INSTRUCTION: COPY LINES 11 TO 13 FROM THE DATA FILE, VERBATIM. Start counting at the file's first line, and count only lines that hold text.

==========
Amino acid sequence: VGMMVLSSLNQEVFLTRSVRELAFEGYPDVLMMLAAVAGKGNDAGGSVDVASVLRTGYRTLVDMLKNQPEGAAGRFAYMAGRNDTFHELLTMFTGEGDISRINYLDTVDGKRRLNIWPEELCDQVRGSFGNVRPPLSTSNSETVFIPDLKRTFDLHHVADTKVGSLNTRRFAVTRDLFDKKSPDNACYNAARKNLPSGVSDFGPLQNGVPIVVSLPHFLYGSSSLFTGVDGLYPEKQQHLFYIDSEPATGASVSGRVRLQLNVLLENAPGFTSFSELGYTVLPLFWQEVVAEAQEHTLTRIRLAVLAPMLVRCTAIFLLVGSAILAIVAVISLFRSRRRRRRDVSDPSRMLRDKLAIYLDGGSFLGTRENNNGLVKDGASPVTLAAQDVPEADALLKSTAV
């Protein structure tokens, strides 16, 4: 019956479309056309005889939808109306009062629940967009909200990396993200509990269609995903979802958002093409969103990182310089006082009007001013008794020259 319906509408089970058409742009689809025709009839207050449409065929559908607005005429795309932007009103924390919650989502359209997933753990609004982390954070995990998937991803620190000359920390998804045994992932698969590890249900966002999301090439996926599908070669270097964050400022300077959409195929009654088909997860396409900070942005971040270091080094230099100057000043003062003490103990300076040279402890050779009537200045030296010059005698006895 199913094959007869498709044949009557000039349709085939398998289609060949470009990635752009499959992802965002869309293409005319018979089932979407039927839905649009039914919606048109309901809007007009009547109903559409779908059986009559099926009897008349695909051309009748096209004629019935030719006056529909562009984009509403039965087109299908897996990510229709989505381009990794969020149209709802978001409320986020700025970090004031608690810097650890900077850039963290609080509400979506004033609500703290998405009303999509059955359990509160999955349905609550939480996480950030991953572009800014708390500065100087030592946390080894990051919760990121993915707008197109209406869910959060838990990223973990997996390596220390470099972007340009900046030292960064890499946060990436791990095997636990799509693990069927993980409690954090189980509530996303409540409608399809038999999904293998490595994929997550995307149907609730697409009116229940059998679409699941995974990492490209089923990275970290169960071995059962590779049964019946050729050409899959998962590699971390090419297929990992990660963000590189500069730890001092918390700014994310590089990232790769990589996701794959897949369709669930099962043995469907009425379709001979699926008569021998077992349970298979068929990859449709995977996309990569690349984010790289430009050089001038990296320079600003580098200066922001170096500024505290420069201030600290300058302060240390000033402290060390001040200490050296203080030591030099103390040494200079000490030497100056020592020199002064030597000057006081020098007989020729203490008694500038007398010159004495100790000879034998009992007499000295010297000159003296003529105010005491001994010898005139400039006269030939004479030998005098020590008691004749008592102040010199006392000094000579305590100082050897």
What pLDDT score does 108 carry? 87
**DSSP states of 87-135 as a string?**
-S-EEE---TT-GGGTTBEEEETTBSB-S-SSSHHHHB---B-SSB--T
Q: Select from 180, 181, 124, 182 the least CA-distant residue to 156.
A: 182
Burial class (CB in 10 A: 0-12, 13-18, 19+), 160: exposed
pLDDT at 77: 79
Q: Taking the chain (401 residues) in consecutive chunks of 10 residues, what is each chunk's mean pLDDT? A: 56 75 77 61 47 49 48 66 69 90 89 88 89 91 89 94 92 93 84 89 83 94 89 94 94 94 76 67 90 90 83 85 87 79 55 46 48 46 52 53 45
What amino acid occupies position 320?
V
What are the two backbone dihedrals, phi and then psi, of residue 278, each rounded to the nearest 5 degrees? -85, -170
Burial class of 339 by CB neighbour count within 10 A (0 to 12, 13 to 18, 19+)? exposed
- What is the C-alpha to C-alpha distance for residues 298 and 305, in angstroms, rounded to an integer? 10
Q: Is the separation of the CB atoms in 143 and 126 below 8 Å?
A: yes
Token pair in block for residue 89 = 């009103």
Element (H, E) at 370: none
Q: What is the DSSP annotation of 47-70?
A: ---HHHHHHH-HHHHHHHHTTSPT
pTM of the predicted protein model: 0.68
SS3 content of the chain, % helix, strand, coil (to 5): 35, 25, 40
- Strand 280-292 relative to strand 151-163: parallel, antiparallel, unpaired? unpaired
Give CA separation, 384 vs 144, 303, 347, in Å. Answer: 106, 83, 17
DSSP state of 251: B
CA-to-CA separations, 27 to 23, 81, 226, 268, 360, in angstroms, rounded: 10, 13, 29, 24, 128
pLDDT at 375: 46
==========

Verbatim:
What amino acid occupies position 320?
V
What are the two backbone dihedrals, phi and then psi, of residue 278, each rounded to the nearest 5 degrees? -85, -170